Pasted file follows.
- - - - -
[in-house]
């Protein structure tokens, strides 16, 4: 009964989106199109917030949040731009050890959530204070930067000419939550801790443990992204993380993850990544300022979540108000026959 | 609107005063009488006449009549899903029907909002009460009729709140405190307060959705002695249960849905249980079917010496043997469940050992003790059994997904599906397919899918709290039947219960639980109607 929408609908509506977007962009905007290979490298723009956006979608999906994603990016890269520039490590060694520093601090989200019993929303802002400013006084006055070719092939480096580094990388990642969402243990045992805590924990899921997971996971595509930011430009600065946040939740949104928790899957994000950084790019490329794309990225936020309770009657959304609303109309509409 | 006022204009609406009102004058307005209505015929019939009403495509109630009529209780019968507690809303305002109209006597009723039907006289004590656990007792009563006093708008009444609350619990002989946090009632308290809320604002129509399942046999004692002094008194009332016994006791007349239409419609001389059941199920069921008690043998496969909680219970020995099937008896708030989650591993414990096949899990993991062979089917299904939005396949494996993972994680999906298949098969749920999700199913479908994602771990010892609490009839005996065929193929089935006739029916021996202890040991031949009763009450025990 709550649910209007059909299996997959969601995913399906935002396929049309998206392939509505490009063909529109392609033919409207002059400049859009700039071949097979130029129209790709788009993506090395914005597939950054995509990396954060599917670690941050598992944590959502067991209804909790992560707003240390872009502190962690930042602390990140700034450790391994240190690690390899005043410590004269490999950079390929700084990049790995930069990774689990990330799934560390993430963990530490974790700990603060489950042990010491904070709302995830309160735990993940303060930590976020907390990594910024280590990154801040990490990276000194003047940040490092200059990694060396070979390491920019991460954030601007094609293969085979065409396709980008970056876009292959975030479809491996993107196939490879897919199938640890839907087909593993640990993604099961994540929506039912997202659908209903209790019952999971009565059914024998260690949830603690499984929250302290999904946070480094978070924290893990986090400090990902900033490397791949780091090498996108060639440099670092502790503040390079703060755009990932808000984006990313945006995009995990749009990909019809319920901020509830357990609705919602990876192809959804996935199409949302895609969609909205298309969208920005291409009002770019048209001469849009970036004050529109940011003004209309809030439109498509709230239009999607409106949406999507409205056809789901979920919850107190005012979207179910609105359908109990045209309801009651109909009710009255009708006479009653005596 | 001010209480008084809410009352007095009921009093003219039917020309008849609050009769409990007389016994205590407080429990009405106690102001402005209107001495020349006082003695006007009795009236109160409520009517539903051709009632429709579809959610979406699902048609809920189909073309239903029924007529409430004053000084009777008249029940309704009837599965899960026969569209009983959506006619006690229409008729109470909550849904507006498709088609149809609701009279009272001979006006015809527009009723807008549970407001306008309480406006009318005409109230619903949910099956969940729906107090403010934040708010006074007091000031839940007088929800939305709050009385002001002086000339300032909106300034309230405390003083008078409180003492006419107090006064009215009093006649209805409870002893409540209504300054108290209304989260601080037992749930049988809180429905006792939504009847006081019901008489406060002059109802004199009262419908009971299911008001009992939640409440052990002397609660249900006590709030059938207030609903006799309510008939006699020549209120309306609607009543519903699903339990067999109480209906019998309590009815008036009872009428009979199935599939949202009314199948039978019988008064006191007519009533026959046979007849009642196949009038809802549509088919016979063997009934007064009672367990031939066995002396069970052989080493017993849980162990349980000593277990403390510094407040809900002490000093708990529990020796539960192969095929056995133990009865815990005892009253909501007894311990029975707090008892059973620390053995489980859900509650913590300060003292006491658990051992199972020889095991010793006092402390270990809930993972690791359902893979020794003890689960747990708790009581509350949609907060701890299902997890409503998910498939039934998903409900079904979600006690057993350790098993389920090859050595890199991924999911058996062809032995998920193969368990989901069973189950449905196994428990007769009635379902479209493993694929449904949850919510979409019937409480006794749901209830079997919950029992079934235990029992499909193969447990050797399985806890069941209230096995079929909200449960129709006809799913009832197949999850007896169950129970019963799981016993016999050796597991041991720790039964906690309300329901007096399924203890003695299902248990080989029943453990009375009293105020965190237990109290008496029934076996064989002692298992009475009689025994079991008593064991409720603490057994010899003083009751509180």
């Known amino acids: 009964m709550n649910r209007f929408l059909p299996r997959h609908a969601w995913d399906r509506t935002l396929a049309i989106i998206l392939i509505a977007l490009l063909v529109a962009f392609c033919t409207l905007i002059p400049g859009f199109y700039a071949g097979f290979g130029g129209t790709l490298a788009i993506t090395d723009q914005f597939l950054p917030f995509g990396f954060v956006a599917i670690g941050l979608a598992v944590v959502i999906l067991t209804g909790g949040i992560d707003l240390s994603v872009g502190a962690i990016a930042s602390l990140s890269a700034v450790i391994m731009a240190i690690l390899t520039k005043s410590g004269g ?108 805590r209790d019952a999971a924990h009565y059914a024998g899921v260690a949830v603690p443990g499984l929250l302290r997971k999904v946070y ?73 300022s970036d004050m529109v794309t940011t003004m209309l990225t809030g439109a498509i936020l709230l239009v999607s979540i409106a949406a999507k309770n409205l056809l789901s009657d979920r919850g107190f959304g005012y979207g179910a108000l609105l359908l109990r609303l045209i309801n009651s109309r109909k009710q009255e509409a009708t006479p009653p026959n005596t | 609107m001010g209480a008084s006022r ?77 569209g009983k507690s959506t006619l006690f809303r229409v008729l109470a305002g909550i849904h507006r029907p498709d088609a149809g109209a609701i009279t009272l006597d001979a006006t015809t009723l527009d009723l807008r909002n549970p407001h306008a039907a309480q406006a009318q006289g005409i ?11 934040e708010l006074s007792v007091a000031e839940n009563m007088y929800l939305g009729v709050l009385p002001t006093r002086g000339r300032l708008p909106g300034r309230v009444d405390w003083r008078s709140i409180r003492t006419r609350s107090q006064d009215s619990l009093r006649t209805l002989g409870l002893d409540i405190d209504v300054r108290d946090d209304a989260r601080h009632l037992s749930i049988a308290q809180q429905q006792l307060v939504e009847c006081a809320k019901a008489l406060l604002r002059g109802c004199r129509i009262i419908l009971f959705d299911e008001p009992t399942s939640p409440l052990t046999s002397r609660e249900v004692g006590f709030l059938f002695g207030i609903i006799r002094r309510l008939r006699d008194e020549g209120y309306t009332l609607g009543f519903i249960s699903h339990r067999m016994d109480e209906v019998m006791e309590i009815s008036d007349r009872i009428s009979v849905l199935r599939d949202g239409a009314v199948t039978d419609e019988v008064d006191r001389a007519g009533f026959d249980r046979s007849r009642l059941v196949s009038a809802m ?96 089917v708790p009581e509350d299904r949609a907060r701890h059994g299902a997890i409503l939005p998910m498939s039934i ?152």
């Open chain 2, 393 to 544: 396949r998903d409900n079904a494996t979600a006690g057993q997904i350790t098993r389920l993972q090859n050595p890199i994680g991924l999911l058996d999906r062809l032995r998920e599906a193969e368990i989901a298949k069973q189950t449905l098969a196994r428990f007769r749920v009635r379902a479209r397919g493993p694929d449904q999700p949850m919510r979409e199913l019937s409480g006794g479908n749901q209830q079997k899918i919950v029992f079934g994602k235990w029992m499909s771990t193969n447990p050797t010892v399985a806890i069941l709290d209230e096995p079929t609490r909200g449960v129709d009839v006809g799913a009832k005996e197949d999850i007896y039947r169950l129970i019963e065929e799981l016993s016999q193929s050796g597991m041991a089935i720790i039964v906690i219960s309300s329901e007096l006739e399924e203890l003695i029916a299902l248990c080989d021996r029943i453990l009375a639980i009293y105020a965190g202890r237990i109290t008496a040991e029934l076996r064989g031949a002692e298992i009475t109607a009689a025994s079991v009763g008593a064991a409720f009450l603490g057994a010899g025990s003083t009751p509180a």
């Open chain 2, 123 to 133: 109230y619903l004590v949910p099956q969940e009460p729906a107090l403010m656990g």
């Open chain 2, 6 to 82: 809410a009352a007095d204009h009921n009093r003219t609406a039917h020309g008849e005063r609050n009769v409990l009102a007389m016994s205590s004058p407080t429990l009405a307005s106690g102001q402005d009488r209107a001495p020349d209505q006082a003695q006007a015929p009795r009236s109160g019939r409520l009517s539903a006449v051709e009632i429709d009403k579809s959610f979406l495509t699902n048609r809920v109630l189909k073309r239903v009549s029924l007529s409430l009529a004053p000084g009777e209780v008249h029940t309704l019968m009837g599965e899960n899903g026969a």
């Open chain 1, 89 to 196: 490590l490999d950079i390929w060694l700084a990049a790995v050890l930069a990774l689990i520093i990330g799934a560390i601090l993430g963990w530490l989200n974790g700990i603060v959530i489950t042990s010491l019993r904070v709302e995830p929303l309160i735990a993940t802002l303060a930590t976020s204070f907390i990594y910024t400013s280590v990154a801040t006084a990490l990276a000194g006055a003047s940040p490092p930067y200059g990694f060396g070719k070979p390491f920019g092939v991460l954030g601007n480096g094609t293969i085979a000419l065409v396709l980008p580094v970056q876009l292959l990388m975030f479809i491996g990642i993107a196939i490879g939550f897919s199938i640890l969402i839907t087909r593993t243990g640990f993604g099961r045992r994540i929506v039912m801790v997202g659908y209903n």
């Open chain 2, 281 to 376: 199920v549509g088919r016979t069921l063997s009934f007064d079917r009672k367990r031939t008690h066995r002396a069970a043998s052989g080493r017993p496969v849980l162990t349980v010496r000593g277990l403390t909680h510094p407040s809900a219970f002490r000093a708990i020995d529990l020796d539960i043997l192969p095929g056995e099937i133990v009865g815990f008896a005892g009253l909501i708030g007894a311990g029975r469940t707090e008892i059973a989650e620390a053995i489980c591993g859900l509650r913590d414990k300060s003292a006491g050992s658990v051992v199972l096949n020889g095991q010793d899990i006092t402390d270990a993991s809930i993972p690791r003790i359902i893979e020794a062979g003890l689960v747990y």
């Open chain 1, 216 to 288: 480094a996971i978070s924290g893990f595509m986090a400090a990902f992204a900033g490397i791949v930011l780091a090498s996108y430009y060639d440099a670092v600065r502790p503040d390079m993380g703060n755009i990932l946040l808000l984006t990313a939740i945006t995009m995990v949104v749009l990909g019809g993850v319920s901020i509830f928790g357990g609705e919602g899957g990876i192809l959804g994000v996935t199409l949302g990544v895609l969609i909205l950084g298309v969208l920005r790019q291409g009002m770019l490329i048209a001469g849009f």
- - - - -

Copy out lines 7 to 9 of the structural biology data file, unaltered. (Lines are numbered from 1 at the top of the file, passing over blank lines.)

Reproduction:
């Open chain 1, 89 to 196: 490590l490999d950079i390929w060694l700084a990049a790995v050890l930069a990774l689990i520093i990330g799934a560390i601090l993430g963990w530490l989200n974790g700990i603060v959530i489950t042990s010491l019993r904070v709302e995830p929303l309160i735990a993940t802002l303060a930590t976020s204070f907390i990594y910024t400013s280590v990154a801040t006084a990490l990276a000194g006055a003047s940040p490092p930067y200059g990694f060396g070719k070979p390491f920019g092939v991460l954030g601007n480096g094609t293969i085979a000419l065409v396709l980008p580094v970056q876009l292959l990388m975030f479809i491996g990642i993107a196939i490879g939550f897919s199938i640890l969402i839907t087909r593993t243990g640990f993604g099961r045992r994540i929506v039912m801790v997202g659908y209903n």
């Open chain 2, 281 to 376: 199920v549509g088919r016979t069921l063997s009934f007064d079917r009672k367990r031939t008690h066995r002396a069970a043998s052989g080493r017993p496969v849980l162990t349980v010496r000593g277990l403390t909680h510094p407040s809900a219970f002490r000093a708990i020995d529990l020796d539960i043997l192969p095929g056995e099937i133990v009865g815990f008896a005892g009253l909501i708030g007894a311990g029975r469940t707090e008892i059973a989650e620390a053995i489980c591993g859900l509650r913590d414990k300060s003292a006491g050992s658990v051992v199972l096949n020889g095991q010793d899990i006092t402390d270990a993991s809930i993972p690791r003790i359902i893979e020794a062979g003890l689960v747990y």
């Open chain 1, 216 to 288: 480094a996971i978070s924290g893990f595509m986090a400090a990902f992204a900033g490397i791949v930011l780091a090498s996108y430009y060639d440099a670092v600065r502790p503040d390079m993380g703060n755009i990932l946040l808000l984006t990313a939740i945006t995009m995990v949104v749009l990909g019809g993850v319920s901020i509830f928790g357990g609705e919602g899957g990876i192809l959804g994000v996935t199409l949302g990544v895609l969609i909205l950084g298309v969208l920005r790019q291409g009002m770019l490329i048209a001469g849009f």